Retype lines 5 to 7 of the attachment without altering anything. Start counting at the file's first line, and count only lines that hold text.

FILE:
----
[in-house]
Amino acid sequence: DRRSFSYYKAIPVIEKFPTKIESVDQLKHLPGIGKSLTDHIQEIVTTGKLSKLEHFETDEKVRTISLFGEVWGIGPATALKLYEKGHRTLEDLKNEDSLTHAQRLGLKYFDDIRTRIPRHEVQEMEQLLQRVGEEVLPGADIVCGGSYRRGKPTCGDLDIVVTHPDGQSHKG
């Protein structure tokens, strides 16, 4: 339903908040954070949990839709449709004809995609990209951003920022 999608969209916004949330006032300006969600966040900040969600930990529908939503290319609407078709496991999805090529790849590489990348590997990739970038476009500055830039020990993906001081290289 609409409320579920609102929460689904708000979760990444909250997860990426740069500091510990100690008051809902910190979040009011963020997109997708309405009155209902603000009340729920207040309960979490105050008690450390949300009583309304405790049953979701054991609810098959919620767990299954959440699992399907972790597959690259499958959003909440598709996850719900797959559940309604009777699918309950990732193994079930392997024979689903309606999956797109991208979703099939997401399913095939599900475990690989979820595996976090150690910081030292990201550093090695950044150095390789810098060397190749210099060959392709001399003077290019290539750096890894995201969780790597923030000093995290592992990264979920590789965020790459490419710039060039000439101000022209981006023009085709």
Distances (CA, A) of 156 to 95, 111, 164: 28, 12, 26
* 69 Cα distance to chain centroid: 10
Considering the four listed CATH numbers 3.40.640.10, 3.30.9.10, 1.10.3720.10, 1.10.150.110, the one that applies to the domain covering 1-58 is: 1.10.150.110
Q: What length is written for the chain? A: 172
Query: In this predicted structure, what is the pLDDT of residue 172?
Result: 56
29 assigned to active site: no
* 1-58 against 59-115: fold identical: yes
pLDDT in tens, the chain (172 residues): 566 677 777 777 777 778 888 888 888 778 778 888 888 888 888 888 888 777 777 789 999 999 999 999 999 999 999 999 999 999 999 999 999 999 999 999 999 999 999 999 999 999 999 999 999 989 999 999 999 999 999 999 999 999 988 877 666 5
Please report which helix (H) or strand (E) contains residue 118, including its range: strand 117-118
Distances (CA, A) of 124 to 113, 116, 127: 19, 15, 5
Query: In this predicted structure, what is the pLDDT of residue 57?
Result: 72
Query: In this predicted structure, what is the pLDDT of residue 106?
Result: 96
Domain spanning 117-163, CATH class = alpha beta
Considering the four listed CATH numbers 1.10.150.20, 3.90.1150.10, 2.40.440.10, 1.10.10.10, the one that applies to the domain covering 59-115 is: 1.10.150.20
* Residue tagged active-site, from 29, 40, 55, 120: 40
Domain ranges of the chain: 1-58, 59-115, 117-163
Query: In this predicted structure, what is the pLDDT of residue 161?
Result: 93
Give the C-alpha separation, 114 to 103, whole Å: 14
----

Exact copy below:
* 69 Cα distance to chain centroid: 10
Considering the four listed CATH numbers 3.40.640.10, 3.30.9.10, 1.10.3720.10, 1.10.150.110, the one that applies to the domain covering 1-58 is: 1.10.150.110
Q: What length is written for the chain? A: 172